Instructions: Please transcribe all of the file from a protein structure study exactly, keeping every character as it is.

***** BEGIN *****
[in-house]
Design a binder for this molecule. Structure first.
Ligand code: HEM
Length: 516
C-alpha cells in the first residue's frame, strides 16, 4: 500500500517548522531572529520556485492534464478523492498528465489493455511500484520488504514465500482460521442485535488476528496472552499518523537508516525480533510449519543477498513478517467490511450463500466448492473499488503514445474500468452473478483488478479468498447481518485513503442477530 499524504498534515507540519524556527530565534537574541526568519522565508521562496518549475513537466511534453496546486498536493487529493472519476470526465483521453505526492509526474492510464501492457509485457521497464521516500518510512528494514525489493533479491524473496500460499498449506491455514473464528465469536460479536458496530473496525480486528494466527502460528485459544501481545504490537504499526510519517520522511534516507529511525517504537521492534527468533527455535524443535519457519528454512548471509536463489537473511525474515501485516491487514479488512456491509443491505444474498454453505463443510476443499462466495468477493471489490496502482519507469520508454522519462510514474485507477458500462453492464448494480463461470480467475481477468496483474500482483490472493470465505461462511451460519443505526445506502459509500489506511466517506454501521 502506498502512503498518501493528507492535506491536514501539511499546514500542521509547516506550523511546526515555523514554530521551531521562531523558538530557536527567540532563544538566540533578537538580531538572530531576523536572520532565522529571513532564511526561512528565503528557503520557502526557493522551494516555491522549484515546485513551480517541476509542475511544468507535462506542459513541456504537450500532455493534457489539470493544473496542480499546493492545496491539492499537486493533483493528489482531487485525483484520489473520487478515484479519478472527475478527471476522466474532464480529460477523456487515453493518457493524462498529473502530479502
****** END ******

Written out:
[in-house]
Design a binder for this molecule. Structure first.
Ligand code: HEM
Length: 516
C-alpha cells in the first residue's frame, strides 16, 4: 500500500517548522531572529520556485492534464478523492498528465489493455511500484520488504514465500482460521442485535488476528496472552499518523537508516525480533510449519543477498513478517467490511450463500466448492473499488503514445474500468452473478483488478479468498447481518485513503442477530 499524504498534515507540519524556527530565534537574541526568519522565508521562496518549475513537466511534453496546486498536493487529493472519476470526465483521453505526492509526474492510464501492457509485457521497464521516500518510512528494514525489493533479491524473496500460499498449506491455514473464528465469536460479536458496530473496525480486528494466527502460528485459544501481545504490537504499526510519517520522511534516507529511525517504537521492534527468533527455535524443535519457519528454512548471509536463489537473511525474515501485516491487514479488512456491509443491505444474498454453505463443510476443499462466495468477493471489490496502482519507469520508454522519462510514474485507477458500462453492464448494480463461470480467475481477468496483474500482483490472493470465505461462511451460519443505526445506502459509500489506511466517506454501521 502506498502512503498518501493528507492535506491536514501539511499546514500542521509547516506550523511546526515555523514554530521551531521562531523558538530557536527567540532563544538566540533578537538580531538572530531576523536572520532565522529571513532564511526561512528565503528557503520557502526557493522551494516555491522549484515546485513551480517541476509542475511544468507535462506542459513541456504537450500532455493534457489539470493544473496542480499546493492545496491539492499537486493533483493528489482531487485525483484520489473520487478515484479519478472527475478527471476522466474532464480529460477523456487515453493518457493524462498529473502530479502